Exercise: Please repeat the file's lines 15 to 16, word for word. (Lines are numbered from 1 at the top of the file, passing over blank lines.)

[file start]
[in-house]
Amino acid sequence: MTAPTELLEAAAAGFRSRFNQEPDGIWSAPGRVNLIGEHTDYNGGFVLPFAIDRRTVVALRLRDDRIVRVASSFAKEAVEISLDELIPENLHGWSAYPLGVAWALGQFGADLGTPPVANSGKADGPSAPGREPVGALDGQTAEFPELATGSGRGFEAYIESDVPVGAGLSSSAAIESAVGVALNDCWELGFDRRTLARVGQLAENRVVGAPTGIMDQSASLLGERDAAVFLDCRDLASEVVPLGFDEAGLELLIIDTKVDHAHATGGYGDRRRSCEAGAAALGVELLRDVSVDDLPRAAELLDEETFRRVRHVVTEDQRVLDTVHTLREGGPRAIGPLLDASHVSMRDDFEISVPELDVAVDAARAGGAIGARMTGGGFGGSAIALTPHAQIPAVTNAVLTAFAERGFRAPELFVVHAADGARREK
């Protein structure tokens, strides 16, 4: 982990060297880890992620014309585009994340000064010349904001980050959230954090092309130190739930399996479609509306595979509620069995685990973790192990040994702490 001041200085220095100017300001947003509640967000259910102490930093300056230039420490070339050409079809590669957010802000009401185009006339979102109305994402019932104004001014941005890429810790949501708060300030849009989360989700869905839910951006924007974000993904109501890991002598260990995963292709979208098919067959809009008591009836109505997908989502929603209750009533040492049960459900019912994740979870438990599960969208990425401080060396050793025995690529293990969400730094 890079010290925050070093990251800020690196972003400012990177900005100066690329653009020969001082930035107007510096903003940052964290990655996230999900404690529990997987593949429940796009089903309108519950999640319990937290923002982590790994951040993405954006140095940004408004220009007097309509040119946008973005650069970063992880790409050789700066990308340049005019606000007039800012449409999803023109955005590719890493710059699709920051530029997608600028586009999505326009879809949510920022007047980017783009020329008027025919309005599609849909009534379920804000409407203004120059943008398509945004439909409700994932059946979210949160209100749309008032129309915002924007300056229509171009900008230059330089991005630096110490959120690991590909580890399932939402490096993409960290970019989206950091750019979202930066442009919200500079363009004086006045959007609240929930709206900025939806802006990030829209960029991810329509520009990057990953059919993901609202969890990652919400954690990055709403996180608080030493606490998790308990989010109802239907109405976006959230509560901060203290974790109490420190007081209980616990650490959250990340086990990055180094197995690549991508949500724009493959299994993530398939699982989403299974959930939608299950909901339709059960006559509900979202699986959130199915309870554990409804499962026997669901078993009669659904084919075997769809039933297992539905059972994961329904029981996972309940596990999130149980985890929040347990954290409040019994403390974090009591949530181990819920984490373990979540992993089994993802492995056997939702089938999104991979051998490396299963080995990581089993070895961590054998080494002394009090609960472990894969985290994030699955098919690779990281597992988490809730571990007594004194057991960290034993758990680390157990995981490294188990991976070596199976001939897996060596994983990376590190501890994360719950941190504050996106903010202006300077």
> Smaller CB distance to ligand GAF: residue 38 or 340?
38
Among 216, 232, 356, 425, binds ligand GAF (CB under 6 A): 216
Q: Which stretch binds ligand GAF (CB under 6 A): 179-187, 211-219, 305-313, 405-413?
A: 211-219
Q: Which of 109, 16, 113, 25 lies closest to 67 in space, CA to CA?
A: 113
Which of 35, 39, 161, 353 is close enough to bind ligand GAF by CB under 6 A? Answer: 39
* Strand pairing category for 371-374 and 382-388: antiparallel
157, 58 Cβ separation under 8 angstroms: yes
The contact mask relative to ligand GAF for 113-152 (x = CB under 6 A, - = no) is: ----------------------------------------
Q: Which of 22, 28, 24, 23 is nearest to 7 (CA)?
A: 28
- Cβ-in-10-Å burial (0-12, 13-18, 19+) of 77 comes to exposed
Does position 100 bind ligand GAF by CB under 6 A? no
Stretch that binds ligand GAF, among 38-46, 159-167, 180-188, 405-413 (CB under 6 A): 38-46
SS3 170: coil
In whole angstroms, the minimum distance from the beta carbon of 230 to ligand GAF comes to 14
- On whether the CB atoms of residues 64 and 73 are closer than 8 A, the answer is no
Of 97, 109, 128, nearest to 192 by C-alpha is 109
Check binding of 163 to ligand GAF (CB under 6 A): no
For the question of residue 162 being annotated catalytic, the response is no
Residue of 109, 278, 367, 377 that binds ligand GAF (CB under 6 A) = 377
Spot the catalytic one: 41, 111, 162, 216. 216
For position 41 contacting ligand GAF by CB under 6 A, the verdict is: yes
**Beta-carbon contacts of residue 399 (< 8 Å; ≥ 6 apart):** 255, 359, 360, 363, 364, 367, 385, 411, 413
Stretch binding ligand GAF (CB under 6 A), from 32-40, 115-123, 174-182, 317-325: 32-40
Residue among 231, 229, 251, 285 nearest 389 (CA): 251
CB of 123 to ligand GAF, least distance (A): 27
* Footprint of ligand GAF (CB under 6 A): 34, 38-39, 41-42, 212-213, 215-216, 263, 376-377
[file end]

Q: Which of 22, 28, 24, 23 is nearest to 7 (CA)?
A: 28